A collision between two vehicles is basic physics.
The first thing I noticed was that the protagonist of this story isn’t really the good guy. And the police only gets involved near the end of the book. This makes Headhunters more of a cat and mouse game, in which it’s unclear who’s cat and who’s mouse. It also made me swap sympathies several times (although sympathies is maybe put down too strongly. Sometimes I simply disliked one of the characters less than the other).
Roger Brown is a headhunter and part time art thief. He thinks he hit the jack pot in both categories when he meets Clas Grave. But the man turns out to be a booby trapped gift and suddenly Roger needs to fight for his life. Some methods he uses for that are quite creative and out there, but he showed he’s a smart shark before, so all right, I won’t wonder how much a human body and mind can take.
There are several twists in a not so large story (265 pages) that keeps the tempo up. They are smartly done but near the end they follow each other very fast and it just turns into a blur. Everyone outsmarted each other, hurray.
My mother told me I started with the wrong Jo Nesbo. Sir, we will meet again.
Headhunters, Jo Nesbo, Harvill Secker 2011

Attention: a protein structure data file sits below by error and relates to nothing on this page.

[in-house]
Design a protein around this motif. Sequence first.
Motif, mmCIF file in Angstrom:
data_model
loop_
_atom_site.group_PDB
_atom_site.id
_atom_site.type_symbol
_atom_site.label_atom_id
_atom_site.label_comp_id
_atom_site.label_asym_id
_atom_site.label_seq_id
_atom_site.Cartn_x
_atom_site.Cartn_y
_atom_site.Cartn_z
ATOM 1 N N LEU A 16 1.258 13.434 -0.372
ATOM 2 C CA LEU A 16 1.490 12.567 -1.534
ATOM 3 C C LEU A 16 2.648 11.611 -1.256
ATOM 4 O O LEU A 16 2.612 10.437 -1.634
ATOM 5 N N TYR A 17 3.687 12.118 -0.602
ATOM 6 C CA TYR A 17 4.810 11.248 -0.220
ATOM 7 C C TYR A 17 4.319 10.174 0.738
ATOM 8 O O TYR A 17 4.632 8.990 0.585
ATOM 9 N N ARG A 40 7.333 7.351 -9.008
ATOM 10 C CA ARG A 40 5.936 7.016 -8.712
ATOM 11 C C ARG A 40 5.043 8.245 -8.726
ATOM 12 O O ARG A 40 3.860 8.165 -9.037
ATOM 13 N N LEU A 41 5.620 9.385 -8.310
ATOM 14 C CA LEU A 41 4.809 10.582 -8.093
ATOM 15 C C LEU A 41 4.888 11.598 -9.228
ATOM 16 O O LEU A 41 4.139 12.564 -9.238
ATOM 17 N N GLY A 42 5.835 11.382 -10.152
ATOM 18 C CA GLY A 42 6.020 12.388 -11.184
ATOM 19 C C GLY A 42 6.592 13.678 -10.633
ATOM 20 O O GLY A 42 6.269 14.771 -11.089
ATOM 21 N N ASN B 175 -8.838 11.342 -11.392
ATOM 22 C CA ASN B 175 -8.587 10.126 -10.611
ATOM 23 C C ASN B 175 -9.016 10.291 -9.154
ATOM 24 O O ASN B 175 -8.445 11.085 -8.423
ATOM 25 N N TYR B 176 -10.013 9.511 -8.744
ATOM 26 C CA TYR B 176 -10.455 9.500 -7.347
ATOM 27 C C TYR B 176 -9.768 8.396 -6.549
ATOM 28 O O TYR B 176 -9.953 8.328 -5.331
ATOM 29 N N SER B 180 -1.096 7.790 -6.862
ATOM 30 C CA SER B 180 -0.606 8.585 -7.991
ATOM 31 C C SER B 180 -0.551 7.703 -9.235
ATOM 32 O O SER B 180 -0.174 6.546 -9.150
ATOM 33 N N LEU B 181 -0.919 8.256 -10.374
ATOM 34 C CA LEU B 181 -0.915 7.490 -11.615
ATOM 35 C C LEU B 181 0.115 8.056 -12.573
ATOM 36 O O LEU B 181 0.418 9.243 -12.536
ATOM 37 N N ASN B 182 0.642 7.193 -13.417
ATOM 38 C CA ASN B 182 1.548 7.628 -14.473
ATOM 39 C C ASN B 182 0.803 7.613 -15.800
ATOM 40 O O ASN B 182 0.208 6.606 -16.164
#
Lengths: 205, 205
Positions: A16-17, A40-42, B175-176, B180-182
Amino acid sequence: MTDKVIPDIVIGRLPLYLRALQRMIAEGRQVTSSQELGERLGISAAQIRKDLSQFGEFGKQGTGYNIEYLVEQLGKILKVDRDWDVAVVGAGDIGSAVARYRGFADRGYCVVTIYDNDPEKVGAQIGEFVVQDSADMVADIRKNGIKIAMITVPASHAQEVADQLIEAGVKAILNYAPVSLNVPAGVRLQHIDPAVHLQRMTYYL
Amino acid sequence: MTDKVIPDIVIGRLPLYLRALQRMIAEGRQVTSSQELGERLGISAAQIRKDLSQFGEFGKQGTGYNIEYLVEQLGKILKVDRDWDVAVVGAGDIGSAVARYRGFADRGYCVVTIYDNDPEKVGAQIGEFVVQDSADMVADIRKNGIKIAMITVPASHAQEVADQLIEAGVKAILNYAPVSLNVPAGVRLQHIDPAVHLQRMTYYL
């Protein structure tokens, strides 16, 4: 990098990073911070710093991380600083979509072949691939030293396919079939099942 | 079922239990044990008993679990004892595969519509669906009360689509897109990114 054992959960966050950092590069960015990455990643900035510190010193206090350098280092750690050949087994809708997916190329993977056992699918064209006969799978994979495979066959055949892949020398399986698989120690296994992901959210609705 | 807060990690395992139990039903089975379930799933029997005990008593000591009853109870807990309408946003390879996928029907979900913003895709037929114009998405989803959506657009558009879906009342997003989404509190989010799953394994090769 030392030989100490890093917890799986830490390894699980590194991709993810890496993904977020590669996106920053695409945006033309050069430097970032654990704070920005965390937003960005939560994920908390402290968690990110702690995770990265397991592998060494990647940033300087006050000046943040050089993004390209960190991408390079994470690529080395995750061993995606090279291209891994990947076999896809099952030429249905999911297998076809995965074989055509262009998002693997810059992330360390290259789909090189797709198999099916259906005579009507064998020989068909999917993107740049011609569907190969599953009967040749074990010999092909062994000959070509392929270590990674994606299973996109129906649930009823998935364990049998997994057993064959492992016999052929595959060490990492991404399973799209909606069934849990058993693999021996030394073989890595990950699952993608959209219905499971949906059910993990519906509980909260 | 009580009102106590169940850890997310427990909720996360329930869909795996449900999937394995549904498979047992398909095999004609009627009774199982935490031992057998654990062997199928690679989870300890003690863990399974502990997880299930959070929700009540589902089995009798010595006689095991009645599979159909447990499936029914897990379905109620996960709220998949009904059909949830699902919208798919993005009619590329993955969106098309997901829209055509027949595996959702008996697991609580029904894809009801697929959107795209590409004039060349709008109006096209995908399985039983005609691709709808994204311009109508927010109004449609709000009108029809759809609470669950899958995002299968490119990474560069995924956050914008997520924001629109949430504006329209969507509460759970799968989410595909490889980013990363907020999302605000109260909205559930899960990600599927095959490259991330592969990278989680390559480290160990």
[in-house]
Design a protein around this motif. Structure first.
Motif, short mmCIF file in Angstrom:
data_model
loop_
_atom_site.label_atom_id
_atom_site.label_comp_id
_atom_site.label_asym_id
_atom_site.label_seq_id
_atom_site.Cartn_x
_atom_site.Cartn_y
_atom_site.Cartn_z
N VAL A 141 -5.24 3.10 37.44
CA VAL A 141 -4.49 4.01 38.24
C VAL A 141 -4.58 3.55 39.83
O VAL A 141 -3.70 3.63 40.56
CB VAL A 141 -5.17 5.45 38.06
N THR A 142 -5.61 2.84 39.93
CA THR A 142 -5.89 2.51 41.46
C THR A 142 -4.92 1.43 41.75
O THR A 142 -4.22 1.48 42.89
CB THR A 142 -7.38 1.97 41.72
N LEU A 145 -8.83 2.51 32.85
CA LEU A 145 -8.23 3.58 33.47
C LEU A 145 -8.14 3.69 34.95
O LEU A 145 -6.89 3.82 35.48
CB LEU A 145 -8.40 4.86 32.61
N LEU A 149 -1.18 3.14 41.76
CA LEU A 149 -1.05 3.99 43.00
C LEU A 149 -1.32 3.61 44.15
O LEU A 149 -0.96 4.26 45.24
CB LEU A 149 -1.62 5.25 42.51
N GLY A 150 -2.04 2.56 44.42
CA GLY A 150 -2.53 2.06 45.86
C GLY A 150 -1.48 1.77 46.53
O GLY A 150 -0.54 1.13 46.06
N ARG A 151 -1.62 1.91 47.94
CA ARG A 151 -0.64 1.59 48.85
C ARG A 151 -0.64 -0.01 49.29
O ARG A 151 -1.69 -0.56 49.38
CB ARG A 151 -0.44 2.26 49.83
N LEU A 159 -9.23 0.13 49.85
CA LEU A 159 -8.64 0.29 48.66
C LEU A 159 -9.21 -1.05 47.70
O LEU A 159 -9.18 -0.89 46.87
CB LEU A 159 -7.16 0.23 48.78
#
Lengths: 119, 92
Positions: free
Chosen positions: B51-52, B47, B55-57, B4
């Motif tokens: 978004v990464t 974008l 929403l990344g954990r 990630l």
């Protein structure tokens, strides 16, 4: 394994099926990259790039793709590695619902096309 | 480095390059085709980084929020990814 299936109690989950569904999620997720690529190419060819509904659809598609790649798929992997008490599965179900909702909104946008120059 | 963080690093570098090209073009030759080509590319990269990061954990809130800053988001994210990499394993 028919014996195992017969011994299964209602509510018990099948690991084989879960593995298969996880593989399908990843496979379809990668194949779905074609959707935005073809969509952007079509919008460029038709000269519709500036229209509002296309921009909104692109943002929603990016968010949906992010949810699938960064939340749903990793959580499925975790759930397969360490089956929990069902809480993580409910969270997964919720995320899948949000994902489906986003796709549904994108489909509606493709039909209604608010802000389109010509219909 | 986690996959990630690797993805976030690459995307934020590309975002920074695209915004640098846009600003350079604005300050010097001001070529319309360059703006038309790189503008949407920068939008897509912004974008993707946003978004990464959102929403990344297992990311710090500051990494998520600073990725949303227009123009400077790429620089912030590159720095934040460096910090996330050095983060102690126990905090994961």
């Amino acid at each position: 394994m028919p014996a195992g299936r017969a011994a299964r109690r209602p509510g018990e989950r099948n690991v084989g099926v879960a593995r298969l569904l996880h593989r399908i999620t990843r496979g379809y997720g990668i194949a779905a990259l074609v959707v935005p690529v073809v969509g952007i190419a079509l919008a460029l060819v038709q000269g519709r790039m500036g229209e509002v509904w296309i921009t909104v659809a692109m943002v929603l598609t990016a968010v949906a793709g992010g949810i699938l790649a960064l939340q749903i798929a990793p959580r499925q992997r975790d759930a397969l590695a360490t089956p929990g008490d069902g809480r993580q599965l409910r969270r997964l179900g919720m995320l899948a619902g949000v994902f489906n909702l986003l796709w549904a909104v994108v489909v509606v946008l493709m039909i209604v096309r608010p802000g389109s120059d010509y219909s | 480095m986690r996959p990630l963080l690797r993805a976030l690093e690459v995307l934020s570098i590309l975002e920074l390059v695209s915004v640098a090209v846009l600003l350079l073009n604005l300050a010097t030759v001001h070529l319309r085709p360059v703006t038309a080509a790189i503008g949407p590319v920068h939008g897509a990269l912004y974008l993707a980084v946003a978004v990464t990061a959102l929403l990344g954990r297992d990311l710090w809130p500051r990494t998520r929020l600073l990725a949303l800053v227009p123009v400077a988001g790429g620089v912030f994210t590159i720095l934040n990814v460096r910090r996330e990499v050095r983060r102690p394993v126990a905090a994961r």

The phone call came late one August afternoon as my older sister Gracie and I sat out on the back porch shucking the sweet corn into the big tin buckets.
The Selected Works of T.S. Spivet won me over because its looks. It’s a big green book full of illustrations and scribbles in the margins. That the blurb on the back said it was like Little Miss Sunshine in a book, mixed in with some other comparisons, was just a plus.
T.S. Spivet (Tecumseh Sparrow) is a smart twelve year old boy who likes to make maps. Of everything. Where all the MacDonalds in Ohio are, but also the insides of a beetle. His mother is a scientist, his father owns the ranch they live in the middle of nowhere and there’s an older sister who’s miserable because they live in the middle of nowhere. T.S. has a teacher who’s very enthusiastic about his mapping skills and -without informing T.S.- sent them away for an award. The above mentioned phone call turns out to be The Smithsonian who doesn’t know T.S. is a twelve-year old and rewarded him with the award. And oh, if he can come over to do a speech.
And that T.S. does. He starts off on a trip by freight train to get to Washington. What follows is an ode to (mid-)America and a lot of thoughts from a smart twelve year old. Whenever it gets close to annoying (I ignored some of the scribbles in the margins first time round), Larsen manages to turn things around and keep it cute. A lesson in growing up and taking responsibilities.
It’s a charming little story that turns big because of its surroundings. Do read it.
The Selected Works of T.S. Spivet, Reif Larsen, Harvel Secker 2009